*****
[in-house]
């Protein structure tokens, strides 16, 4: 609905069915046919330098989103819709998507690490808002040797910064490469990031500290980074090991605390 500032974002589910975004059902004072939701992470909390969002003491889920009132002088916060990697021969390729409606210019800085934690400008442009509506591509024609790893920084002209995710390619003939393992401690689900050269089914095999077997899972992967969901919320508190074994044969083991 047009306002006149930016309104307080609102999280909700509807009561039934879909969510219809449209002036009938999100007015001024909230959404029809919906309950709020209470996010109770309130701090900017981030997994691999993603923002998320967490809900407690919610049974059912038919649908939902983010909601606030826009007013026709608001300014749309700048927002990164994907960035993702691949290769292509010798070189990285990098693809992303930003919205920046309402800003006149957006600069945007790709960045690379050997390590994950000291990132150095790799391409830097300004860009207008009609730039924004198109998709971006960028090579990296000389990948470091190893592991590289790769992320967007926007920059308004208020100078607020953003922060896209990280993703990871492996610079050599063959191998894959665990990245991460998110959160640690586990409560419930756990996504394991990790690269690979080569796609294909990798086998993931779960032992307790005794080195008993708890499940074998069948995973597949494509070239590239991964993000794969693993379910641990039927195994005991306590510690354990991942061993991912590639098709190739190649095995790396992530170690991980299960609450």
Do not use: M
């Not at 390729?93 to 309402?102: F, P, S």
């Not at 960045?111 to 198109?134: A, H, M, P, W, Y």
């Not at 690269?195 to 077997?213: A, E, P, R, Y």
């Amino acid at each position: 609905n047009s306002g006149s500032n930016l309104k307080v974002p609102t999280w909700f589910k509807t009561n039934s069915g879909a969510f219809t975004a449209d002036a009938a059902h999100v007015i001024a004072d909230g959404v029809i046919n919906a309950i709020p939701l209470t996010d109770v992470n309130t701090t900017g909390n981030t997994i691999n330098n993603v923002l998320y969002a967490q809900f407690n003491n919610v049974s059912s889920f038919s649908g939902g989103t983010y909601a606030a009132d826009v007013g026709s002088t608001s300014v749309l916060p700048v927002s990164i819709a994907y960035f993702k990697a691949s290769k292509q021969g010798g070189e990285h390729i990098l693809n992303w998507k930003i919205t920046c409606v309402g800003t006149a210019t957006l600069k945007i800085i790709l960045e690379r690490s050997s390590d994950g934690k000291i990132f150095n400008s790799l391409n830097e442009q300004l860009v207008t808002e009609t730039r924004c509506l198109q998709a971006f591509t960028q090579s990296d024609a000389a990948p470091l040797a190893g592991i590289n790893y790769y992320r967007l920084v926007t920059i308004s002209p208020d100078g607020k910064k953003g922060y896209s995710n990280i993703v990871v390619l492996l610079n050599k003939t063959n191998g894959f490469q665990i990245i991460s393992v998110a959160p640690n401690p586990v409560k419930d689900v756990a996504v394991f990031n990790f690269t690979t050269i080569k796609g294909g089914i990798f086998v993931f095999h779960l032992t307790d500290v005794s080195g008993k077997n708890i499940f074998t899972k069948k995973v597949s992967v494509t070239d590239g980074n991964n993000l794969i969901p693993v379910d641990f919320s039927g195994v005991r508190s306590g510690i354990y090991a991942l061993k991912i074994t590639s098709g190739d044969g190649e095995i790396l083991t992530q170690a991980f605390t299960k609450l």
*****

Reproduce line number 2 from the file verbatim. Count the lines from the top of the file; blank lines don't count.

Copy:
């Protein structure tokens, strides 16, 4: 609905069915046919330098989103819709998507690490808002040797910064490469990031500290980074090991605390 500032974002589910975004059902004072939701992470909390969002003491889920009132002088916060990697021969390729409606210019800085934690400008442009509506591509024609790893920084002209995710390619003939393992401690689900050269089914095999077997899972992967969901919320508190074994044969083991 047009306002006149930016309104307080609102999280909700509807009561039934879909969510219809449209002036009938999100007015001024909230959404029809919906309950709020209470996010109770309130701090900017981030997994691999993603923002998320967490809900407690919610049974059912038919649908939902983010909601606030826009007013026709608001300014749309700048927002990164994907960035993702691949290769292509010798070189990285990098693809992303930003919205920046309402800003006149957006600069945007790709960045690379050997390590994950000291990132150095790799391409830097300004860009207008009609730039924004198109998709971006960028090579990296000389990948470091190893592991590289790769992320967007926007920059308004208020100078607020953003922060896209990280993703990871492996610079050599063959191998894959665990990245991460998110959160640690586990409560419930756990996504394991990790690269690979080569796609294909990798086998993931779960032992307790005794080195008993708890499940074998069948995973597949494509070239590239991964993000794969693993379910641990039927195994005991306590510690354990991942061993991912590639098709190739190649095995790396992530170690991980299960609450």